Well, this takes me back. Do you know how long it is since anyone accused me of being in the pay of the KGB?
I have been taking some heat for a column I wrote over at RealClearReligion on the subject of the punk band Pussy Riot, and their demonstration in Moscow’s Cathedral of Christ the Savior. Here’s the background. For excellent reasons, a lot of Russians are alarmed by the authoritarian direction of their post-Soviet government, headed by Vladimir Putin. In order to gain maximum visibility for their cause, Pussy Riot tried protesting in a variety of venues before singing a “punk prayer” before the cathedral altar, blaming the leadership of the Orthodox Church for collaborating with Putin. Last week, they received two year sentences for hooliganism and what a judge termed “hooliganism driven by religious hatred.” An international outcry followed, and Pussy Riot became martyrs.
What my article pointed out was that, no matter the cause, the Cathedral was absolutely the wrong place for a protest. A long-standing symbol of Orthodoxy, it was one of countless buildings targeted for destruction by the Bolsheviks after 1917, and actually was demolished in 1931 to inaugurate the new godless Russia. This act was part of a savage persecution that claimed the lives of many thousands of clergy, and possibly millions of ordinary believers. If only a Right-wing regime had been responsible, we’d have heard more about it in the history books.
After the fall of Communism, the Cathedral was rebuilt, and it was rededicated in 2000. It stands today as the token of a resurrected church. Memories of those countless martyred dead are strongly present. And now enter Pussy Riot, recalling the anti-church demonstrations of the 1920s.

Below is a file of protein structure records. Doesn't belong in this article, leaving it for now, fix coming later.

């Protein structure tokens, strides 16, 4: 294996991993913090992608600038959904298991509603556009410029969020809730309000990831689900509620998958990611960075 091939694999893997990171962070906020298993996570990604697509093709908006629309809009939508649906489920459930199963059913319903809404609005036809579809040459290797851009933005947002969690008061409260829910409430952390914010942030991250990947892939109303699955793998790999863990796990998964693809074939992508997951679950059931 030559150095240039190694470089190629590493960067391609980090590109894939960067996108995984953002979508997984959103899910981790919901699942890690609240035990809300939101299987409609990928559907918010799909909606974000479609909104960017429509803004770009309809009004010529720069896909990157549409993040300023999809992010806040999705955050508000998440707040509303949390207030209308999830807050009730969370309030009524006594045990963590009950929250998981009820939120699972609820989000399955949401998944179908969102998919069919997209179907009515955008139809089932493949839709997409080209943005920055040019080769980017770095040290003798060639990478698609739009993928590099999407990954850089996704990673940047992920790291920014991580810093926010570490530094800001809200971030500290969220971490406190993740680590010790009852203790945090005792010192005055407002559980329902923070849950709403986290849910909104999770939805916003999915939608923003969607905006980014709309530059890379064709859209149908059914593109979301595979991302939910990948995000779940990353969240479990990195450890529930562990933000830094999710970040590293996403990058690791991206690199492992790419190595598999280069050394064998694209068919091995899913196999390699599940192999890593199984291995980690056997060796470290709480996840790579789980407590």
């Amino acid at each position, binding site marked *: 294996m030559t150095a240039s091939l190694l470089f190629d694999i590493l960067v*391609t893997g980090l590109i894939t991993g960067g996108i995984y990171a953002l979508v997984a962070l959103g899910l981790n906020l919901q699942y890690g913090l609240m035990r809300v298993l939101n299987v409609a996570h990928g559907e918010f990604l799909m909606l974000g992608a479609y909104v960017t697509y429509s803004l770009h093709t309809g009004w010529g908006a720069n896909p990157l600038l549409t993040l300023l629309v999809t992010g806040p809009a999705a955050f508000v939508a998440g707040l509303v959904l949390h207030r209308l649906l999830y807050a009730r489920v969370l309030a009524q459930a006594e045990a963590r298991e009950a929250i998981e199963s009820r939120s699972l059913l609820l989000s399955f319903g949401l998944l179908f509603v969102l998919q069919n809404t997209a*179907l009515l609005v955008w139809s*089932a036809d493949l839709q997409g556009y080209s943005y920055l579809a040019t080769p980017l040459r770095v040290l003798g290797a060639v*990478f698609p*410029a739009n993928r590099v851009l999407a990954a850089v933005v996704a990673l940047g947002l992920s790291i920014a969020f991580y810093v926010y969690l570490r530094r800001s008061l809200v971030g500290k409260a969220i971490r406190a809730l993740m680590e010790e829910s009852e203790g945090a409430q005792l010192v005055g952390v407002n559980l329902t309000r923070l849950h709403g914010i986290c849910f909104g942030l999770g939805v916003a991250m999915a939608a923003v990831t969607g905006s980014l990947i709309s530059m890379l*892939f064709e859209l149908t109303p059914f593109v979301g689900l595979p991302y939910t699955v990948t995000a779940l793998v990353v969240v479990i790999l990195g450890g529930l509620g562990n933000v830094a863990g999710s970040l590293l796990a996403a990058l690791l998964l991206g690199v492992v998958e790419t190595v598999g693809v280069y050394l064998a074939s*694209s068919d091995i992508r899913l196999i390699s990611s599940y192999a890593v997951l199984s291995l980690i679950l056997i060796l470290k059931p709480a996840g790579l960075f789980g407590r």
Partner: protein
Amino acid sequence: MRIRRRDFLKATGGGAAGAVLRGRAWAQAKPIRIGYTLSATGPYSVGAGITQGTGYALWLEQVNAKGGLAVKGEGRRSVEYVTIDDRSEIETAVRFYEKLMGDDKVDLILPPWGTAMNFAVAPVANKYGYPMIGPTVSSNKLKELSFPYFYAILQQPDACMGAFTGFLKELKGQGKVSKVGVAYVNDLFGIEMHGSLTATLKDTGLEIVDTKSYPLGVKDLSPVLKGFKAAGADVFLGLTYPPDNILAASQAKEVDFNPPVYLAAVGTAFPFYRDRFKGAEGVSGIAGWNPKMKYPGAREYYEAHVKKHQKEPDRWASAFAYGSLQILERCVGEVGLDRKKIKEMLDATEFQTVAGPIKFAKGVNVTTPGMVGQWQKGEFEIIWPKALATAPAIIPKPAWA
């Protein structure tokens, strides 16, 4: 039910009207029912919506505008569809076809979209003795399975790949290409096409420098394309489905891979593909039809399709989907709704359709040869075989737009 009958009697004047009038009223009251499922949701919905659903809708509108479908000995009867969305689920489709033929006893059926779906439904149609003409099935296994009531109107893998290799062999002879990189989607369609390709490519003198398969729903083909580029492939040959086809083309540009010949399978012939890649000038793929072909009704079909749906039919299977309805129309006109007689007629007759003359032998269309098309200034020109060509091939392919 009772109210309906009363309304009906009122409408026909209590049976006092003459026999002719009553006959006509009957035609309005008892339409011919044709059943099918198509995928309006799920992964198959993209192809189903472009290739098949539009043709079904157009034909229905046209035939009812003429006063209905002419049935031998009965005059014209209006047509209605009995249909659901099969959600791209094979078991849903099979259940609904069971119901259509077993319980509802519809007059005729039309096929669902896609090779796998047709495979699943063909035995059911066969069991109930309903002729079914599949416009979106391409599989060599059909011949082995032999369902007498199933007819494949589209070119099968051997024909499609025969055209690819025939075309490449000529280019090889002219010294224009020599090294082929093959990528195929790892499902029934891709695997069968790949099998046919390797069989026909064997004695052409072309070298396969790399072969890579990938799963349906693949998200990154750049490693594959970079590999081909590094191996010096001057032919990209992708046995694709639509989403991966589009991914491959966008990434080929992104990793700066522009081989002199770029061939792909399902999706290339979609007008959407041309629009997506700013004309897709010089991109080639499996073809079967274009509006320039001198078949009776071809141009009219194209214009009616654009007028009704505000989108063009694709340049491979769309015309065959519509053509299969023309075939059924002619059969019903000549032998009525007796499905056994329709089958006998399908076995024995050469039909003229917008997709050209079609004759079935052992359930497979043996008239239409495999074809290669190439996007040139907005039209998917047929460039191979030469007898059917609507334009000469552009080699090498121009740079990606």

A good number of commentators have accused me of supporting Putin and defending the sentences on Pussy Riot. Actually, I am just begging for consistency. Democratic European nations themselves have severe laws against hate crime, and an exceedingly broad definition of what constitutes offensive behavior against ethnic or religious groups. Do not for a second contemplate protesting in a mosque or synagogue or gurdwara in Germany or France or Britain – or, dare I say, in the US or Canada. If you do, don’t sit around waiting for the US State Department to condemn the jail sentence facing you. Expect the judge to go overboard on sentencing if your crime involves a cherished site that evokes the brutal persecutions of a bygone day, such as a restored synagogue in Germany or Poland. Good luck with your defense that you were acting in the cause of human rights and democracy.
My concern, then, is not in defending Putin, but in demanding respect for the victims of anti-Christian persecution, and their memory.
I also believe that anti-Christian acts fit precisely into the category of hate crime. If they don’t, then the time has come for a thorough re-examination of that whole legal concept. It must offer protections to all religions, or to none.